Any more stories you can pick up like the one about the character with the boil, just send it along. My main trouble is that situations I run into never seem to resolve themselves into stories. They just exist for the moment and run into the ground. I’m afraid I never got the knack of the story-teller. But, nevertheless, I think I’m going to try to write some fiction for the markets hat don’t seem to ask too much, of which “This Week” seems to stand out in my mind. One of the better agents who advertises in Writers Digest says that he’ll handle anyone who has sold more than $500 worth of stuff in the past year. With $250 already accounted for, I should like to see if I can sneak in under the wire. Name of August Lenniger. Ever hear of him? A ten-percenter. 

You asked me what Tom Bridges did on the Times. Apparently he’s a legman, as is Woody [Woodrow Wirsig, a Columbia School of Journalism who later edited Look Magazine; Much later, Wirsig wrote I Love You Too, a memoir of caring for his wife Jane, another CSJ classmate, during her years suffering from Alzheimer’s], covering human interest stories, interviewing people in the street, etc. Tom got a byline about a month ago when he put on a clown suit and did a matinee with one of the three-ring circuses that hit Los Angeles. He got tow pictures and a two-column spread on the split page, but I thought the story was pretty bad, pretty maudlin. He would run a couple of paragraphs on the backstage life of a clown, and then insert a four-word paragraph: “But laugh, clown, laugh.” Then more backstage atmosphere and conversation, and then four words again, like the refrain of a song. Mr. Ellard might have liked it, but I didn’t. [Two years later the Times sent Bridges, who weighed over 300 pounds, to eat a big messy lunch in front of Claude Baxter, a chef who was 83-days into a fast to raise money to feed starving people.] 
 
The LA Times has gone stark, raving mad about this election, by the way. Hopped-up editorial columns I’m used to, even though the Times has a rabidity which makes anything I’ve seen in the East (except for the “vermin press’) look like lacecollar journalism. But their front pages have gone nutty too. A story of a school kid getting beaten up in a schoolyard by some other kids for favoring Dewey goes right on the front page, good for six or eight inches of copy. A broken window in a Dewey Headquarters is good for a three column picture and a two column head on the split page. They seem to have given up any idea of running a newspaper until the election is over.  Since the only other paper sold on the post is the Examiner, which is horrible, I have subscribed to the LA News by mail. And according to Woody Wirsig, the News is running the ass off the Times in both ads and circulation. When you stop to figure that LA is predominantly Democratic, with its thousands of war-workers, the Times seems to be cutting its own throat, of which I am very much in favor.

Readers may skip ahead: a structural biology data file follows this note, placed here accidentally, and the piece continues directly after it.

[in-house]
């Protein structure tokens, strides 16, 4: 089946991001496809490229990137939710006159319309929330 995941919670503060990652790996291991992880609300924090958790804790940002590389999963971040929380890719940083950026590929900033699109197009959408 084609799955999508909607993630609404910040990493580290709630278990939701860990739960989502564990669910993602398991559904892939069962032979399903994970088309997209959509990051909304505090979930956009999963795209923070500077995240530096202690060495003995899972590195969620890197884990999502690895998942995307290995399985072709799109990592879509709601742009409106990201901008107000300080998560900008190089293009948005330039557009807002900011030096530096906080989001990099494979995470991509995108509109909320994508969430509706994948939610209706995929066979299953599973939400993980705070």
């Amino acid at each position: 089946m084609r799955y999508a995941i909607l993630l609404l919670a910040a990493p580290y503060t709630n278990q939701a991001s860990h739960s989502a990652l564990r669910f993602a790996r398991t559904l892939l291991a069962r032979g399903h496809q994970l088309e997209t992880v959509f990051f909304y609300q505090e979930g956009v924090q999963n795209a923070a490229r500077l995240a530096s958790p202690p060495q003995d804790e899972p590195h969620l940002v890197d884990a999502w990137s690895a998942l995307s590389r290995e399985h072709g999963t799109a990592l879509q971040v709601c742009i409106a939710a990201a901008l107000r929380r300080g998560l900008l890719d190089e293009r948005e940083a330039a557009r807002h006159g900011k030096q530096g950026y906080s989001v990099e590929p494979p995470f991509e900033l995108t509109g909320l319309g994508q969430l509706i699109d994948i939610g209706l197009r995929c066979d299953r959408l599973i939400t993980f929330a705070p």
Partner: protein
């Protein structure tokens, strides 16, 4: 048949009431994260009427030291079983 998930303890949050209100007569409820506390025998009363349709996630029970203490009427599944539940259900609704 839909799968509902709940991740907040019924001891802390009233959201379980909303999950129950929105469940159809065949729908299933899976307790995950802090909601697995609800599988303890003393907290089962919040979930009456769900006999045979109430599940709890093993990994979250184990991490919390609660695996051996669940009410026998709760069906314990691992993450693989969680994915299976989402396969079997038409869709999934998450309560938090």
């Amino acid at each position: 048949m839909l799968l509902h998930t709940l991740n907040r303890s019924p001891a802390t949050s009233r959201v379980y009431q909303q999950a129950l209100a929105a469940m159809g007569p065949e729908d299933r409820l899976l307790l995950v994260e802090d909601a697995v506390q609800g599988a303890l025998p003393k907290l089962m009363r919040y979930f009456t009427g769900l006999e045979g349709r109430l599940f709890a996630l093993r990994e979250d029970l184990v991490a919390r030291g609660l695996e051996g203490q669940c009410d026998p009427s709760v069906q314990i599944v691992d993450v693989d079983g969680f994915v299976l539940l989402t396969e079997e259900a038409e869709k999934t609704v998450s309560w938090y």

The argument about Thomas Wolfe reminds me of the character we have in the office now, whose sole claim to fame is a novelette published in Fantastic Adventures, or some such thing, and he is bothering me a great deal. I find that I am very sensitive to a certain kind of blind egoism, and that is something he has a lot of. It isn’t that he goes around bragging, but just that he has a great deal of opinion and very little judgment. He majored in English Literature in college and thinks Gone With the Wind is the finest novel written in the contemporary era. I wonder sometimes why I spend so much time, in letters to my friends, complaining about people who annoy me. Perhaps it’s like coming back from an irritating day at the old Civil Liberties Union and complaining to Helena. I imagine you did the same thing with Rosa. One seeks sympathy, the lonelier one is. Pretty soon I shall be crying in my beer. Damn stuff is weak enough now.
Send my best to Rosa,
Howard